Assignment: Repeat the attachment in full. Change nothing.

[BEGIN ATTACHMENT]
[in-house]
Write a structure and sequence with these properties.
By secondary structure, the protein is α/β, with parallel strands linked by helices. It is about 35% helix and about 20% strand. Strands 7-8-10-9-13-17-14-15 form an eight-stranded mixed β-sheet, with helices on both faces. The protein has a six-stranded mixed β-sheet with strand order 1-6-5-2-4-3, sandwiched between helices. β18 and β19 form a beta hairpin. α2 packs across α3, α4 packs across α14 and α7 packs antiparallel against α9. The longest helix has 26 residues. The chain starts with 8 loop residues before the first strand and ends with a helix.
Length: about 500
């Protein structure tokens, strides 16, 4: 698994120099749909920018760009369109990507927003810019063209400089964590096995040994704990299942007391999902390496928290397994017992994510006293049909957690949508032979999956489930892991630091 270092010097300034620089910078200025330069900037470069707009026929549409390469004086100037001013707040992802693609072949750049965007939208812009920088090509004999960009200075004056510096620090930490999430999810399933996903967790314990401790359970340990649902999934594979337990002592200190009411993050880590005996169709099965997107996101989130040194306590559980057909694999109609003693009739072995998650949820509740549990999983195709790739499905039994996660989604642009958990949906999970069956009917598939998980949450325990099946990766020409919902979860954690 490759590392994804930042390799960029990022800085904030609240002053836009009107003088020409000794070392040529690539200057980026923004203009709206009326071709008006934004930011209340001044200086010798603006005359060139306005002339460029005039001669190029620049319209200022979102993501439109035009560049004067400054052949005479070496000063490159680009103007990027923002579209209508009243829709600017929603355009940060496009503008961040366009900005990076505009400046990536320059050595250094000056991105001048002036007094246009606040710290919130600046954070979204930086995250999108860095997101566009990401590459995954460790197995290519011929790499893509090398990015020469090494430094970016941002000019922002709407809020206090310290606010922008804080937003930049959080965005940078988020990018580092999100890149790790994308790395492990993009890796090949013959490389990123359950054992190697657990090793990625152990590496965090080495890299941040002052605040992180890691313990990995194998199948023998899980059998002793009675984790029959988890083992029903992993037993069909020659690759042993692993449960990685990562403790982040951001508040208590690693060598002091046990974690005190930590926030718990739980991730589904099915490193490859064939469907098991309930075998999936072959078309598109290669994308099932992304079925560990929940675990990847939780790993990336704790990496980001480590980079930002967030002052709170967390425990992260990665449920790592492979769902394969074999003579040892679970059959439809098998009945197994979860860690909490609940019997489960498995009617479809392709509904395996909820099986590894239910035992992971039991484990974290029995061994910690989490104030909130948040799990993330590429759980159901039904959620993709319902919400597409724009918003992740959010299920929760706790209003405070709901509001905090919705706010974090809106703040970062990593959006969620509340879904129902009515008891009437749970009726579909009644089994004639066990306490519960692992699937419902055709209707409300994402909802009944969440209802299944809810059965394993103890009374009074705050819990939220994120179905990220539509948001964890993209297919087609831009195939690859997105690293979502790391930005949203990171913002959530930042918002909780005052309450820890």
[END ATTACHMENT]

[in-house]
Write a structure and sequence with these properties.
By secondary structure, the protein is α/β, with parallel strands linked by helices. It is about 35% helix and about 20% strand. Strands 7-8-10-9-13-17-14-15 form an eight-stranded mixed β-sheet, with helices on both faces. The protein has a six-stranded mixed β-sheet with strand order 1-6-5-2-4-3, sandwiched between helices. β18 and β19 form a beta hairpin. α2 packs across α3, α4 packs across α14 and α7 packs antiparallel against α9. The longest helix has 26 residues. The chain starts with 8 loop residues before the first strand and ends with a helix.
Length: about 500
């Protein structure tokens, strides 16, 4: 698994120099749909920018760009369109990507927003810019063209400089964590096995040994704990299942007391999902390496928290397994017992994510006293049909957690949508032979999956489930892991630091 270092010097300034620089910078200025330069900037470069707009026929549409390469004086100037001013707040992802693609072949750049965007939208812009920088090509004999960009200075004056510096620090930490999430999810399933996903967790314990401790359970340990649902999934594979337990002592200190009411993050880590005996169709099965997107996101989130040194306590559980057909694999109609003693009739072995998650949820509740549990999983195709790739499905039994996660989604642009958990949906999970069956009917598939998980949450325990099946990766020409919902979860954690 490759590392994804930042390799960029990022800085904030609240002053836009009107003088020409000794070392040529690539200057980026923004203009709206009326071709008006934004930011209340001044200086010798603006005359060139306005002339460029005039001669190029620049319209200022979102993501439109035009560049004067400054052949005479070496000063490159680009103007990027923002579209209508009243829709600017929603355009940060496009503008961040366009900005990076505009400046990536320059050595250094000056991105001048002036007094246009606040710290919130600046954070979204930086995250999108860095997101566009990401590459995954460790197995290519011929790499893509090398990015020469090494430094970016941002000019922002709407809020206090310290606010922008804080937003930049959080965005940078988020990018580092999100890149790790994308790395492990993009890796090949013959490389990123359950054992190697657990090793990625152990590496965090080495890299941040002052605040992180890691313990990995194998199948023998899980059998002793009675984790029959988890083992029903992993037993069909020659690759042993692993449960990685990562403790982040951001508040208590690693060598002091046990974690005190930590926030718990739980991730589904099915490193490859064939469907098991309930075998999936072959078309598109290669994308099932992304079925560990929940675990990847939780790993990336704790990496980001480590980079930002967030002052709170967390425990992260990665449920790592492979769902394969074999003579040892679970059959439809098998009945197994979860860690909490609940019997489960498995009617479809392709509904395996909820099986590894239910035992992971039991484990974290029995061994910690989490104030909130948040799990993330590429759980159901039904959620993709319902919400597409724009918003992740959010299920929760706790209003405070709901509001905090919705706010974090809106703040970062990593959006969620509340879904129902009515008891009437749970009726579909009644089994004639066990306490519960692992699937419902055709209707409300994402909802009944969440209802299944809810059965394993103890009374009074705050819990939220994120179905990220539509948001964890993209297919087609831009195939690859997105690293979502790391930005949203990171913002959530930042918002909780005052309450820890």